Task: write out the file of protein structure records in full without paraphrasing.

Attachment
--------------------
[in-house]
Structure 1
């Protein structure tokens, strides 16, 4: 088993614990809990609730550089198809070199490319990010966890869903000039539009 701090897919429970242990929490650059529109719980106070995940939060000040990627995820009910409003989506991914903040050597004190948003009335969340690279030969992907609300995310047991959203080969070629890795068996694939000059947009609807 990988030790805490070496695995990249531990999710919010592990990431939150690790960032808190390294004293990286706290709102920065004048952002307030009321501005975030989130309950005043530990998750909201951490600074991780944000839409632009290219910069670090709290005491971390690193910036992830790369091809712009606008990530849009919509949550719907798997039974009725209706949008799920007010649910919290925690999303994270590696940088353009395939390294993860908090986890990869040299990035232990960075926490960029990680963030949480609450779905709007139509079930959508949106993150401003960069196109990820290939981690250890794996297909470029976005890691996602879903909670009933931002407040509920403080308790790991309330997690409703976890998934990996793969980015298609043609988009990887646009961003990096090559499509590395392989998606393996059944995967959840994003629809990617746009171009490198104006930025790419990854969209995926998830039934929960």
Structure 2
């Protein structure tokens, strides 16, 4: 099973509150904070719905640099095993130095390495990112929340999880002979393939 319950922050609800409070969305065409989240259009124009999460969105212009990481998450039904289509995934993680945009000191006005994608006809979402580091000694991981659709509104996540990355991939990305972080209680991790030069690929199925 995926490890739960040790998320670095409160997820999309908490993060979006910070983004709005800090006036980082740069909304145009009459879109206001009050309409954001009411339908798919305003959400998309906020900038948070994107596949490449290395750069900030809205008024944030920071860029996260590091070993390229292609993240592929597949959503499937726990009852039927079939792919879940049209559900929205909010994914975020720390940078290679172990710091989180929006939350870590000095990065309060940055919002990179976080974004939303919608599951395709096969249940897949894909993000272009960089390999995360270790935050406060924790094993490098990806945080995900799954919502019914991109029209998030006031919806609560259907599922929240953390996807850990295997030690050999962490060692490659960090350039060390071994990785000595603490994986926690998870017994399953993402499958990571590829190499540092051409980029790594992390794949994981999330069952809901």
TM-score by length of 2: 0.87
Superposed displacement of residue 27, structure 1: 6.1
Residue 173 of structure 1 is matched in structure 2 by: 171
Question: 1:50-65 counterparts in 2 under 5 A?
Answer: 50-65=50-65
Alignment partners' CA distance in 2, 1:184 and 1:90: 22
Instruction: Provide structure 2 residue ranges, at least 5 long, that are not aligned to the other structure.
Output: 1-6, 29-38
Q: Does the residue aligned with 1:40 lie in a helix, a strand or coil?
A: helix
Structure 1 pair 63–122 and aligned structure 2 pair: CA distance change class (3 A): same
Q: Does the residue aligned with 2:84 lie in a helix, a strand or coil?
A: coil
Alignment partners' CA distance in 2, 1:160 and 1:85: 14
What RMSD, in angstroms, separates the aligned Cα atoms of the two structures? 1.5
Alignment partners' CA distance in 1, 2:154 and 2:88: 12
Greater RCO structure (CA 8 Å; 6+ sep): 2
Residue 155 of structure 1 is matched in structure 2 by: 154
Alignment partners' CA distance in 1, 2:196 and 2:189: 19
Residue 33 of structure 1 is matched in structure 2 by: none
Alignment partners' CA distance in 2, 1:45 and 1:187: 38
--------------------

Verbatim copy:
[in-house]
Structure 1
């Protein structure tokens, strides 16, 4: 088993614990809990609730550089198809070199490319990010966890869903000039539009 701090897919429970242990929490650059529109719980106070995940939060000040990627995820009910409003989506991914903040050597004190948003009335969340690279030969992907609300995310047991959203080969070629890795068996694939000059947009609807 990988030790805490070496695995990249531990999710919010592990990431939150690790960032808190390294004293990286706290709102920065004048952002307030009321501005975030989130309950005043530990998750909201951490600074991780944000839409632009290219910069670090709290005491971390690193910036992830790369091809712009606008990530849009919509949550719907798997039974009725209706949008799920007010649910919290925690999303994270590696940088353009395939390294993860908090986890990869040299990035232990960075926490960029990680963030949480609450779905709007139509079930959508949106993150401003960069196109990820290939981690250890794996297909470029976005890691996602879903909670009933931002407040509920403080308790790991309330997690409703976890998934990996793969980015298609043609988009990887646009961003990096090559499509590395392989998606393996059944995967959840994003629809990617746009171009490198104006930025790419990854969209995926998830039934929960």
Structure 2
């Protein structure tokens, strides 16, 4: 099973509150904070719905640099095993130095390495990112929340999880002979393939 319950922050609800409070969305065409989240259009124009999460969105212009990481998450039904289509995934993680945009000191006005994608006809979402580091000694991981659709509104996540990355991939990305972080209680991790030069690929199925 995926490890739960040790998320670095409160997820999309908490993060979006910070983004709005800090006036980082740069909304145009009459879109206001009050309409954001009411339908798919305003959400998309906020900038948070994107596949490449290395750069900030809205008024944030920071860029996260590091070993390229292609993240592929597949959503499937726990009852039927079939792919879940049209559900929205909010994914975020720390940078290679172990710091989180929006939350870590000095990065309060940055919002990179976080974004939303919608599951395709096969249940897949894909993000272009960089390999995360270790935050406060924790094993490098990806945080995900799954919502019914991109029209998030006031919806609560259907599922929240953390996807850990295997030690050999962490060692490659960090350039060390071994990785000595603490994986926690998870017994399953993402499958990571590829190499540092051409980029790594992390794949994981999330069952809901």
TM-score by length of 2: 0.87
Superposed displacement of residue 27, structure 1: 6.1
Residue 173 of structure 1 is matched in structure 2 by: 171
Question: 1:50-65 counterparts in 2 under 5 A?
Answer: 50-65=50-65
Alignment partners' CA distance in 2, 1:184 and 1:90: 22
Instruction: Provide structure 2 residue ranges, at least 5 long, that are not aligned to the other structure.
Output: 1-6, 29-38
Q: Does the residue aligned with 1:40 lie in a helix, a strand or coil?
A: helix
Structure 1 pair 63–122 and aligned structure 2 pair: CA distance change class (3 A): same
Q: Does the residue aligned with 2:84 lie in a helix, a strand or coil?
A: coil
Alignment partners' CA distance in 2, 1:160 and 1:85: 14
What RMSD, in angstroms, separates the aligned Cα atoms of the two structures? 1.5
Alignment partners' CA distance in 1, 2:154 and 2:88: 12
Greater RCO structure (CA 8 Å; 6+ sep): 2
Residue 155 of structure 1 is matched in structure 2 by: 154
Alignment partners' CA distance in 1, 2:196 and 2:189: 19
Residue 33 of structure 1 is matched in structure 2 by: none
Alignment partners' CA distance in 2, 1:45 and 1:187: 38